But Soeiro Had a Good Reason to Refuse the Donation

But here’s the part where I agree with Soeiro, and I had to go to the original Horn Book post to find it: Melania selected only one school in each state. Soeiro found the criteria on the White House website:

“working with the Department of Education to identify schools with programs that have achieved high standards of excellence, recognized by State and National awards and Blue Ribbon Awards…”

Soeiro quite appropriately criticized this process, noting that it transfers more resources to those who already have the most, while schools that would be desperate for books and thrilled to get this donation—schools that are educating their kids with a fraction of the resources wealthy Cambridge (home of Harvard University and MIT) can deploy—are left out because they don’t win awards for excellence. In my opinion, this is like so much else in the DT family agenda. The rich get richer and the poor have 30 or 40 kids in a class and low-quality instructional materials.

Soeiro says,

Are those kids any less deserving of books simply because of circumstances beyond their control? Why not go out of your way to gift books to underfunded and underprivileged communities that continue to be marginalized and maligned by policies put in place by Secretary of Education Betsy DeVos? Why not reflect on those “high standards of excellence” beyond only what the numbers suggest? Secretary DeVos would do well to scaffold and lift schools instead of punishing them with closures and slashed budgets.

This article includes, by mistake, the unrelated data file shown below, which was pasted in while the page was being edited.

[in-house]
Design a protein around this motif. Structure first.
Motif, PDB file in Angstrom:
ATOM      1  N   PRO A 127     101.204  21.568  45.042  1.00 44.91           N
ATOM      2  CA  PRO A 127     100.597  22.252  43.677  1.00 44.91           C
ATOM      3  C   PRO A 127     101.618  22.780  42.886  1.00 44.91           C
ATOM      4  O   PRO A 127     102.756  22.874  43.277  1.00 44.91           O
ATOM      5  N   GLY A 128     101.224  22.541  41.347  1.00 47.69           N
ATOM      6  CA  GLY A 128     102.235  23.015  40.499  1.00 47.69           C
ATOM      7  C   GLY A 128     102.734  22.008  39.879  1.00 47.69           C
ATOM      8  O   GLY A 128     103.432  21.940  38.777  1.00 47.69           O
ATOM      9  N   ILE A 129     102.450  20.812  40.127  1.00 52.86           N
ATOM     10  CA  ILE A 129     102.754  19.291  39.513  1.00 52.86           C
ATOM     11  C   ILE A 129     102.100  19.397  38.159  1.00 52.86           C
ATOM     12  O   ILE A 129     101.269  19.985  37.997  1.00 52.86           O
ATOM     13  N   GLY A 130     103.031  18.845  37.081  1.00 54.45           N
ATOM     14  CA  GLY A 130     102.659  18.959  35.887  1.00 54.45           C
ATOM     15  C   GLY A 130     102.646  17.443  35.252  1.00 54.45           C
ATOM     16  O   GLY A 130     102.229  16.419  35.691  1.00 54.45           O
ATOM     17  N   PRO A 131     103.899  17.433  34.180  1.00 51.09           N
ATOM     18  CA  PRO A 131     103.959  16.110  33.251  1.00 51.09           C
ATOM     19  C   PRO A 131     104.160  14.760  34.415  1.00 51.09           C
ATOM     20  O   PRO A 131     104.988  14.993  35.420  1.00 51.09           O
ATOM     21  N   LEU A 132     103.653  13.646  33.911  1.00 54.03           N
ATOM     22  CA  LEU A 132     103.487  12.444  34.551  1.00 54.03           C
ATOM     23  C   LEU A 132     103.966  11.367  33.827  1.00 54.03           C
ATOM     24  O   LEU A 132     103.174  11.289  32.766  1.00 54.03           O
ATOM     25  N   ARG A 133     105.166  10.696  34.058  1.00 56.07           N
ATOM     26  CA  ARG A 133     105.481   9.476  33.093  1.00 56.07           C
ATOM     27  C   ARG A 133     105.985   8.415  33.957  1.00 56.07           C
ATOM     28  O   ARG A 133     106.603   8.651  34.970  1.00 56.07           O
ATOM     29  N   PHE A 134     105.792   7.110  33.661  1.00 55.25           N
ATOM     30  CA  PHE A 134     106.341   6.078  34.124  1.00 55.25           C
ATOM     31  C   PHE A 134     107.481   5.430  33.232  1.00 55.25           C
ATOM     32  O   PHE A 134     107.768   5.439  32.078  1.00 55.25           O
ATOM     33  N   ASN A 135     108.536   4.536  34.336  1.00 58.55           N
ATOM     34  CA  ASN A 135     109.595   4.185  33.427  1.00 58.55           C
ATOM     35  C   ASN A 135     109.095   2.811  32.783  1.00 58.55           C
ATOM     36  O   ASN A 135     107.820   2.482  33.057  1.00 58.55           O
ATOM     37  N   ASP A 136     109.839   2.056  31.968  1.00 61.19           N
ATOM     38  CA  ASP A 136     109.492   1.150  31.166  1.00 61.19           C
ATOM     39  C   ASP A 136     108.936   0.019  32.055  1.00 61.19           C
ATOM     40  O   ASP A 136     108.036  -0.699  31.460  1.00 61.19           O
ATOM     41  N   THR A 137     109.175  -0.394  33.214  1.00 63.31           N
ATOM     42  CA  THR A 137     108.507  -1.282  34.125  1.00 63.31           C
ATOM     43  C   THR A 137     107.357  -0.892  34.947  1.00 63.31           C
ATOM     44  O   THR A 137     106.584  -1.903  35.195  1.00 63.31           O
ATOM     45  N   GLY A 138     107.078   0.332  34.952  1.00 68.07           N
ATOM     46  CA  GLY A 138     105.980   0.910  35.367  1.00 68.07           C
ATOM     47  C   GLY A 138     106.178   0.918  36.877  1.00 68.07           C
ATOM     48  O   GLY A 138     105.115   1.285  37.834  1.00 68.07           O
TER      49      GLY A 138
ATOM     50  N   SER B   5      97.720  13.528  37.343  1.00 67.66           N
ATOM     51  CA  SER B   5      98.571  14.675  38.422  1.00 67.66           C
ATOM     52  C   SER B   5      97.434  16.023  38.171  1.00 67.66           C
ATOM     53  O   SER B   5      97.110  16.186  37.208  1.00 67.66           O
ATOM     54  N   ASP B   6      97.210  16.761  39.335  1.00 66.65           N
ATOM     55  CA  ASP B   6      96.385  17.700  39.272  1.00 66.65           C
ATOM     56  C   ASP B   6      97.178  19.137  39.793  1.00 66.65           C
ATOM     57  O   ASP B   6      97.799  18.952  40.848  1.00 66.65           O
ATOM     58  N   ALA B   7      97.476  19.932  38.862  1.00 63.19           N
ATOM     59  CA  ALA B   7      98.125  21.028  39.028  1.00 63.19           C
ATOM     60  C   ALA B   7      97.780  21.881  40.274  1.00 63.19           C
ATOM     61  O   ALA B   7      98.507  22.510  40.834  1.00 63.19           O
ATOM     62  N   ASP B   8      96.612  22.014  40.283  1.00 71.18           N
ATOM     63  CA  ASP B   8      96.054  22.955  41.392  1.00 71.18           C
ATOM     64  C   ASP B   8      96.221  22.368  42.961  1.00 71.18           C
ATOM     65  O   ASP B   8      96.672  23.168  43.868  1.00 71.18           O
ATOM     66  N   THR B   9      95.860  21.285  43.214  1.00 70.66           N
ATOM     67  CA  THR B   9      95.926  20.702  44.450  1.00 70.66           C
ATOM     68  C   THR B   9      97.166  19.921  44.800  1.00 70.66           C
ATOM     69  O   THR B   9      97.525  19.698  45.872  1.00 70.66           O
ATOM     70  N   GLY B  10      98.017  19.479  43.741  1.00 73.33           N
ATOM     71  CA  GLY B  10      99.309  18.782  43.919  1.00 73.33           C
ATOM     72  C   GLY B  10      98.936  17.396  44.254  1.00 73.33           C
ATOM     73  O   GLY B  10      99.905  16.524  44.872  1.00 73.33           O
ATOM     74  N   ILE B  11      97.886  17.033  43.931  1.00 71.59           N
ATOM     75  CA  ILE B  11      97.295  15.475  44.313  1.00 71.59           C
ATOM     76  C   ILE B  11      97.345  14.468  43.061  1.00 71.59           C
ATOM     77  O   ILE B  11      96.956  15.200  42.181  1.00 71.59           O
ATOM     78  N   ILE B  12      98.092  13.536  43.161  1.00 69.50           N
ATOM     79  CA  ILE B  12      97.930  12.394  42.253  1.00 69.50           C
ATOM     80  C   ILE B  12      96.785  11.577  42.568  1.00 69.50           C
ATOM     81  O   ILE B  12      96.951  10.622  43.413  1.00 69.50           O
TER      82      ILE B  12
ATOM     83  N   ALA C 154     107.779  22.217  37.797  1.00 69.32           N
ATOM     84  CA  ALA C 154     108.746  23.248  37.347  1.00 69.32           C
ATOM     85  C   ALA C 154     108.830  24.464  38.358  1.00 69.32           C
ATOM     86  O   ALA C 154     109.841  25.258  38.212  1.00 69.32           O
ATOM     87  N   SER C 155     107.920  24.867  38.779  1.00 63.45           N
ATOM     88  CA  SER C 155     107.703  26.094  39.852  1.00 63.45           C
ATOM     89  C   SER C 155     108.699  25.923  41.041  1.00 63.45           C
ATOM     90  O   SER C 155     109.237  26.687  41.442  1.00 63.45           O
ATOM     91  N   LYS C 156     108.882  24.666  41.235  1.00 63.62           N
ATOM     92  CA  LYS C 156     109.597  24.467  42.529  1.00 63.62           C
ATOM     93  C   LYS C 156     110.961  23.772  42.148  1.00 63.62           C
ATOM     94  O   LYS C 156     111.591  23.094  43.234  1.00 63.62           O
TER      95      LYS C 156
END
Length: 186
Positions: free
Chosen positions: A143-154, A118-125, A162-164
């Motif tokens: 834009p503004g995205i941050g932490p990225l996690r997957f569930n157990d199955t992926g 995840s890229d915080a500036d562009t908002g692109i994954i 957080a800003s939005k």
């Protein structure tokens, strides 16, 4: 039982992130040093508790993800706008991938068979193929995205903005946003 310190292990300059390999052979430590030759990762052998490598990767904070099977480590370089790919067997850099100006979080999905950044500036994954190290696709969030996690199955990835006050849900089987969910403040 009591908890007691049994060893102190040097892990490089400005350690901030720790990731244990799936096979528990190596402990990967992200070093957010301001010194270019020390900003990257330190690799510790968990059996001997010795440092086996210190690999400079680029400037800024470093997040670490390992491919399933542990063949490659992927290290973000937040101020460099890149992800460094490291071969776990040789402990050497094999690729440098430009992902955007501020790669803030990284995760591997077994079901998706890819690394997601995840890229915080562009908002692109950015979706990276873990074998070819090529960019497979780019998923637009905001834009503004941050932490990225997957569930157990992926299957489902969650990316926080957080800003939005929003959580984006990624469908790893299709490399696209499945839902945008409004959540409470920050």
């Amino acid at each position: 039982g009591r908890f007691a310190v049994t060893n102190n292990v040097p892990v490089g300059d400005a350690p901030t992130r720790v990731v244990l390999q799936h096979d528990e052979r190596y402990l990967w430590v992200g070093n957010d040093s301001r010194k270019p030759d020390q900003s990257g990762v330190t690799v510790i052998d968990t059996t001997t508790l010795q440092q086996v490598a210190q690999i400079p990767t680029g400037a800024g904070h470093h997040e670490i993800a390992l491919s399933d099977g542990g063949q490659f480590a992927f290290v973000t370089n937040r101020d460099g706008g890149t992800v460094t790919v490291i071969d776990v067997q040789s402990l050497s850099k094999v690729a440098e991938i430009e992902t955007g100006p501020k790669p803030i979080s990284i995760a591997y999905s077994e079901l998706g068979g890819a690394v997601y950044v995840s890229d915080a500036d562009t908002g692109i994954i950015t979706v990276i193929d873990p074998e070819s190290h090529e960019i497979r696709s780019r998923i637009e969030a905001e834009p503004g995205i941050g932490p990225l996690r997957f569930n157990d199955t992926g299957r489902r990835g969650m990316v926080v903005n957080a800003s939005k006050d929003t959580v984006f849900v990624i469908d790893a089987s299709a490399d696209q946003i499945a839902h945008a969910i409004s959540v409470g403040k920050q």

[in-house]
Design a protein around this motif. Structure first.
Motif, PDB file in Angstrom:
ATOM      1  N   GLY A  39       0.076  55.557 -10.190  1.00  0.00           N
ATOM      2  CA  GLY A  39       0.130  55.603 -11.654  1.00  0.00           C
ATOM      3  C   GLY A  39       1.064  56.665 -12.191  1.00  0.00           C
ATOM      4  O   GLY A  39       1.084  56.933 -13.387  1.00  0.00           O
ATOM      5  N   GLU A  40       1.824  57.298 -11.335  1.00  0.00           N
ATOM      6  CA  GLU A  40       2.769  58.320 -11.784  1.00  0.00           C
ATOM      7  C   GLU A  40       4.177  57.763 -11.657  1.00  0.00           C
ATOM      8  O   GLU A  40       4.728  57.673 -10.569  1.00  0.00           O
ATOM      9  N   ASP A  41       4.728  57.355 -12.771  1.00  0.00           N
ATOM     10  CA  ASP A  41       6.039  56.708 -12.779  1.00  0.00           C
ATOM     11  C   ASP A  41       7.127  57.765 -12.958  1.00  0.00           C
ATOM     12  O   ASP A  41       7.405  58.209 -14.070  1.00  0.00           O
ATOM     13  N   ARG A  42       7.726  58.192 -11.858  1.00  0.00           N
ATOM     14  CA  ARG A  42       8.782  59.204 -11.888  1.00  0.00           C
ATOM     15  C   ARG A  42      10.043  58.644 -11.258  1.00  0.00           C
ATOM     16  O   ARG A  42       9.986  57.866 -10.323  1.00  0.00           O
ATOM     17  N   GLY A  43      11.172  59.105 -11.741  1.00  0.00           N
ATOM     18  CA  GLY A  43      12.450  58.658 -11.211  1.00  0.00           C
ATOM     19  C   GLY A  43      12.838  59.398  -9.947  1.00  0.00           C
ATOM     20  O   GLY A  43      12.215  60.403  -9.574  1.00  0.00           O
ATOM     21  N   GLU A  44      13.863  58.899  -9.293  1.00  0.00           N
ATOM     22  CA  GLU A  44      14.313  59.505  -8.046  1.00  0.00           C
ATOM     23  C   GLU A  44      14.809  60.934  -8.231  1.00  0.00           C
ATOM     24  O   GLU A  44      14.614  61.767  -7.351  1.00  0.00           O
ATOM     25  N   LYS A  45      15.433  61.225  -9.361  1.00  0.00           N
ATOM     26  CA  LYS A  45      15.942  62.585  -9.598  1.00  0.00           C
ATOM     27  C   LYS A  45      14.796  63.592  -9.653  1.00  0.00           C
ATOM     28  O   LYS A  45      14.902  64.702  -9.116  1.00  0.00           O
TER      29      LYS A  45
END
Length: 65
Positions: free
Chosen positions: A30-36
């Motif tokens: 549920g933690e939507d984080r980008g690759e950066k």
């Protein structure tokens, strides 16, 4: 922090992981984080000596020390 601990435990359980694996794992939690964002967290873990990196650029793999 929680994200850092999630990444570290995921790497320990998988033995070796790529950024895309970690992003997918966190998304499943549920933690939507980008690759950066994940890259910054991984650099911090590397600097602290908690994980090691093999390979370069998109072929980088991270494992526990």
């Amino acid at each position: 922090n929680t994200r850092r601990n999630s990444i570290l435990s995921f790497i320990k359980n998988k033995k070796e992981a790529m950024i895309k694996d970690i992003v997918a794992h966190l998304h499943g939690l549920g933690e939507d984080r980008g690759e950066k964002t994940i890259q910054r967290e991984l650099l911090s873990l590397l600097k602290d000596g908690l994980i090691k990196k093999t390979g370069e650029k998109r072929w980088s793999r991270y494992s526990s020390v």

And she mailed back the books to the White House.

But wouldn’t it have been more effective to mail those books to one of those deserving schools that don’t win awards? Soeiro could have mailed them, just as publicly, to one of the districts she cites as suffering—Philadelphia, Chicago, or Detroit—or to an underserved community right in Massachusetts, like Holyoke, Springfield (whose mayor said publicly they’d be glad to have the books), or Lawrence. She could have been just as public and gotten just as much attention. Melania will just give them to the next rich runner-up.

Yes, Soeiro Claimed Seuss Promoted Racism